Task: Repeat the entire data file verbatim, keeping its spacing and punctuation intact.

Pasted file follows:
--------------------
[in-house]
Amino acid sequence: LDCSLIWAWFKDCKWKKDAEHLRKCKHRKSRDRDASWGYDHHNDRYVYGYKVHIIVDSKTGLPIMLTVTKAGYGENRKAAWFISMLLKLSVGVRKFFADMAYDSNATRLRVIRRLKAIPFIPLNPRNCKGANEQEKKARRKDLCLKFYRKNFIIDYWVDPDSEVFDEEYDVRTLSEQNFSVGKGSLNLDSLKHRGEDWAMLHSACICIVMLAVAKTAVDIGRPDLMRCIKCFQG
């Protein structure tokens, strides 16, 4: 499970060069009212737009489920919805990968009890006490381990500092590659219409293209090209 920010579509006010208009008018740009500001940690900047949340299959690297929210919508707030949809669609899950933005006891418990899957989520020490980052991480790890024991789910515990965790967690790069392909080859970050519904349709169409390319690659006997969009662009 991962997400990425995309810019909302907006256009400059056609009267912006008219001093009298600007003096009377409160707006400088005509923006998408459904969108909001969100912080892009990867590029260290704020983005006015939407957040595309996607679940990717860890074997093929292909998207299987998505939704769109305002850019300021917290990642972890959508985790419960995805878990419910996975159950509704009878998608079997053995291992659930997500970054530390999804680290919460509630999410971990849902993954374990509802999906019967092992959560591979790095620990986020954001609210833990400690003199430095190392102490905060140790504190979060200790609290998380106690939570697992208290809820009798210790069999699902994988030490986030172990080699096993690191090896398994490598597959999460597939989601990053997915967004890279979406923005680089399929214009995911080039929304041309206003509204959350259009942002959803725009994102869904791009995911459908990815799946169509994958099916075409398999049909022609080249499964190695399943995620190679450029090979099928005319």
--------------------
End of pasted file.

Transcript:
[in-house]
Amino acid sequence: LDCSLIWAWFKDCKWKKDAEHLRKCKHRKSRDRDASWGYDHHNDRYVYGYKVHIIVDSKTGLPIMLTVTKAGYGENRKAAWFISMLLKLSVGVRKFFADMAYDSNATRLRVIRRLKAIPFIPLNPRNCKGANEQEKKARRKDLCLKFYRKNFIIDYWVDPDSEVFDEEYDVRTLSEQNFSVGKGSLNLDSLKHRGEDWAMLHSACICIVMLAVAKTAVDIGRPDLMRCIKCFQG
């Protein structure tokens, strides 16, 4: 499970060069009212737009489920919805990968009890006490381990500092590659219409293209090209 920010579509006010208009008018740009500001940690900047949340299959690297929210919508707030949809669609899950933005006891418990899957989520020490980052991480790890024991789910515990965790967690790069392909080859970050519904349709169409390319690659006997969009662009 991962997400990425995309810019909302907006256009400059056609009267912006008219001093009298600007003096009377409160707006400088005509923006998408459904969108909001969100912080892009990867590029260290704020983005006015939407957040595309996607679940990717860890074997093929292909998207299987998505939704769109305002850019300021917290990642972890959508985790419960995805878990419910996975159950509704009878998608079997053995291992659930997500970054530390999804680290919460509630999410971990849902993954374990509802999906019967092992959560591979790095620990986020954001609210833990400690003199430095190392102490905060140790504190979060200790609290998380106690939570697992208290809820009798210790069999699902994988030490986030172990080699096993690191090896398994490598597959999460597939989601990053997915967004890279979406923005680089399929214009995911080039929304041309206003509204959350259009942002959803725009994102869904791009995911459908990815799946169509994958099916075409398999049909022609080249499964190695399943995620190679450029090979099928005319």